I sat across from him at the restaurant. His eyes were kind, and he had a clever smile that hinted at both mischief and innocence; a rarity in the dating world. I’d met him before and had chatted with him a bit. On this particular day, though, he said something that hit me strangely.
“More than anything, I just want to make you happy,” he said.
I felt my head cock like a confused and amused dog, tilting towards his words.
“That’s a really strange thing to wish for someone like me!” I blurted out.
And while I knew he took my comment as sardonic and charmingly self-deprecating, I followed that thought down the rabbit hole. I was honestly flabbergasted that the desired impact someone would want to have in my life was happiness.
It hadn’t fully hit me until that conversation that I truly didn’t believe in happiness. At least not as an end goal. As someone who’d spent years exploring the world of emotions and the full spectrum of the human experience, happiness was but a blip on my radar. Just one of the emotions I could experience in my lifetime. And a fleeting one, at that.
As I tried to explain why happiness might not be the best wish for an emotionally sensitive being, he continued to attempt to bring the conversation back to focusing on the positive and the light, trying to make me smile instead of delving further into the depths of my feelings. It was in that moment that I wondered if his focus on happiness was working for him, or if maybe that drive to be happy was distracting him from the fuller emotional experience underneath, and therefore keeping him from actually being happy.
And I wondered: what if wanting to be happy is what’s actually making you sadder?
Here are my three reasons why this may be the case:
1. Happiness is fleeting, so you will always be chasing it.
Happiness is an emotion, and emotions are constantly in a state of flux. They move and change easily and swiftly. They ebb and flow like the tides. To try to control them is like trying to control nature. We may be able to predict the changes, but we cannot control them. If you commit yourself to the attainment of happiness, you will forever be on your guard, waiting for happiness to creep in, and then terrified of the moments you feel it and fear its departure. Either way, it’s much more difficult to be truly present with happiness if you are narrowly focused on it.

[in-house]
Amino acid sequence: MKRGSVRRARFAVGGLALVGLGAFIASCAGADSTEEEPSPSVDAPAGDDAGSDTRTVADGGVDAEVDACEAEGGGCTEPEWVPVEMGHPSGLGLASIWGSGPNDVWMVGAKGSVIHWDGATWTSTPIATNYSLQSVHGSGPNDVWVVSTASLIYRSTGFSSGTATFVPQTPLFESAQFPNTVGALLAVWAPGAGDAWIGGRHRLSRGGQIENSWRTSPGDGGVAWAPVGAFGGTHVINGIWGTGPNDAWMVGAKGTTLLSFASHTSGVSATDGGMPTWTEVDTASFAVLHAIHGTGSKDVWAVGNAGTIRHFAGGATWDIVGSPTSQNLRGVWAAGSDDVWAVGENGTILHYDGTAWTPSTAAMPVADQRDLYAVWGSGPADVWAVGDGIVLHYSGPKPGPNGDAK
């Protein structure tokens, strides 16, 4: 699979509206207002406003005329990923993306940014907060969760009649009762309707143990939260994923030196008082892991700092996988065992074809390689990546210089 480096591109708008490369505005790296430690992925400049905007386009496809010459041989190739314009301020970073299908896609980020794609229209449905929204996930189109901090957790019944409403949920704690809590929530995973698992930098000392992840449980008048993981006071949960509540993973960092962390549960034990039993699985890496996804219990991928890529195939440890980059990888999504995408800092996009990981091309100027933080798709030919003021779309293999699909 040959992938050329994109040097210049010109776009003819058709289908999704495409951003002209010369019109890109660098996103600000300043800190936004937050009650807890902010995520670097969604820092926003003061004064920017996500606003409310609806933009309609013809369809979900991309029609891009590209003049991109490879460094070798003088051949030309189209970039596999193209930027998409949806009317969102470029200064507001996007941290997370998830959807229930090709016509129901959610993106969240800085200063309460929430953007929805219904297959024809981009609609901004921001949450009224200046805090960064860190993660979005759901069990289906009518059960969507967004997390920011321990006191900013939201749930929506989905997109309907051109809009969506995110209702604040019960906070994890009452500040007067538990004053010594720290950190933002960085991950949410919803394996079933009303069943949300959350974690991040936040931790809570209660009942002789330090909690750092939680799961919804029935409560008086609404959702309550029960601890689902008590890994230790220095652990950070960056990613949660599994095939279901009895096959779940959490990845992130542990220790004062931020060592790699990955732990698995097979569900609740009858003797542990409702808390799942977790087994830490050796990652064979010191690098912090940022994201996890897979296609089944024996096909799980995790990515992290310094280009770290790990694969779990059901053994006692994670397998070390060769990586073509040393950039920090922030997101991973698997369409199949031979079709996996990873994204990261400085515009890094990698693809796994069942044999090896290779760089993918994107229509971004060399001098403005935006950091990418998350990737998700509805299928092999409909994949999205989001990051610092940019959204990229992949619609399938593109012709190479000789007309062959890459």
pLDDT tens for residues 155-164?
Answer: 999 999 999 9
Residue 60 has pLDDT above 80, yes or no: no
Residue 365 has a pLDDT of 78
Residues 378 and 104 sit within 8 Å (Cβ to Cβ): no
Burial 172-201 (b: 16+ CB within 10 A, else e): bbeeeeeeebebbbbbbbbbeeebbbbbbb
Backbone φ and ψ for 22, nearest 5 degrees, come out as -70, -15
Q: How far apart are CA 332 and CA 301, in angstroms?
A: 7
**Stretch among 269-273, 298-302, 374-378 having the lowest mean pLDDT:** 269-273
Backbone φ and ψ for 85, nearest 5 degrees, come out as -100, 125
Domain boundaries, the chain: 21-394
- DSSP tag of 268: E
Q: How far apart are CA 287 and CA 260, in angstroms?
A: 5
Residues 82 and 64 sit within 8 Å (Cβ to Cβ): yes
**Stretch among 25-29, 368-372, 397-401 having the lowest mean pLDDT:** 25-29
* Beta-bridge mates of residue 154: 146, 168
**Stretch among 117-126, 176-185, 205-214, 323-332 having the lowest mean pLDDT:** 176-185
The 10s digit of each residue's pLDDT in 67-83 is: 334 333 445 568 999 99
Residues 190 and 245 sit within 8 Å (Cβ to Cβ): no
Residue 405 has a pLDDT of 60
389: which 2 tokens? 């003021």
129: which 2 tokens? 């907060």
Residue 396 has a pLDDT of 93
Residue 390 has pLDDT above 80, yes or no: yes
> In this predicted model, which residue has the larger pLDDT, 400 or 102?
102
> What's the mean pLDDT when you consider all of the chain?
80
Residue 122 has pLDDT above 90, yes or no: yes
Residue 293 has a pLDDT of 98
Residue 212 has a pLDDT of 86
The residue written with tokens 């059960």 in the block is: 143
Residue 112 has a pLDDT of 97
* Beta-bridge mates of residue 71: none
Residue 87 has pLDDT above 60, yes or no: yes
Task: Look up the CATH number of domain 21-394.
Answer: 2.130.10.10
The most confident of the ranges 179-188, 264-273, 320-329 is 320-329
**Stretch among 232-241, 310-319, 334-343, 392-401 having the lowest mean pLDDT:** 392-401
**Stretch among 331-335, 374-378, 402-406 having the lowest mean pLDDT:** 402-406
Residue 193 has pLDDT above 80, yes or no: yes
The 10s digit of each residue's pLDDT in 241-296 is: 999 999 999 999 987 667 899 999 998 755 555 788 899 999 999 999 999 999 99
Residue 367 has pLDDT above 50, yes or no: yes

2. If you’re focused on attaining happiness, you are missing out on all your other emotions.
If you are constantly categorizing your experiences as either contributing to your happiness or not contributing to your happiness, you will undoubtedly toss at least half of your experiences out without even exploring them. Who decided that happiness was the best emotion anyways? Sure, it’s great to feel light and joyful, but we can’t demonize all our other emotions when they don’t have the same effect. A lot of the key experiences that shape your life are the gritty ones. The ones where you experienced heartbreak, or longing, or loss. And it’s not that you have to wish for these feelings, but if you allow yourself to embrace them when they arrive (instead of being upset that they’re not happiness), you’re allowing yourself to embrace the whole of your existence. You’re allowing yourself to receive the gifts, the wisdom, in the more difficult emotions. Not only will you feel like you’re living a fuller and more meaningful life, but it will make those happy moments even sweeter, because you can appreciate the contrast. Plus, the most interesting people are the ones who have openly gone through some tough stuff. We love these stories the most, because as storytellers and story receivers, we know that growth and stimulation often happens in the drama, in the unhappiness.
3. When you are so focused on trying to be happy, you are setting yourself up for shame and guilt when you inevitably cannot reach your imagined goals.
In wanting to be happy, you can then feel guilty for not being so, which actually makes you less happy altogether, not more. In those moments, your positive thinking crashes into negative self-talk like “What is wrong with me that I’m not happy?” or “Do I not deserve happiness?” There are certainly moments where positive thinking dramatically increases your happiness, but you have to be aware of the moments where these collisions occur, which create a dissonance in your thinking that creates even more obstacles to your desired outcome. The shame and guilt we put on ourselves in these collisions can be really hard to overcome, so let’s take away any reason why we would add more to our lives.
I don’t think my date really understood my stance on happiness, but I was grateful for the opportunity to validate my own feelings and give importance to all my life experiences, not just the ones that made me happy. There are so many interesting and juicy emotions to experience aside from happiness: righteous rage, heartbreak, bittersweet nostalgia, grief. All with their own lesson, their own wisdom to share. And while it may not be wise to reach for happiness exclusively for these three reasons, you can still create a sustainable emotional life with a foundation of contentment and acceptance, which will welcome those blissful, happy periods in with love and with the knowledge that every feeling you have is a treasured one.
Ora North is an empath and healer who grew tired of the “love and light” scene. She felt a lack of authenticity in the new age movement and turned to emotional shadow work instead. In her shadow, North discovered a more authentic, integrative way to be a spiritual being. Now she works with other empaths, guiding them to explore their own shadows on the path to wholeness.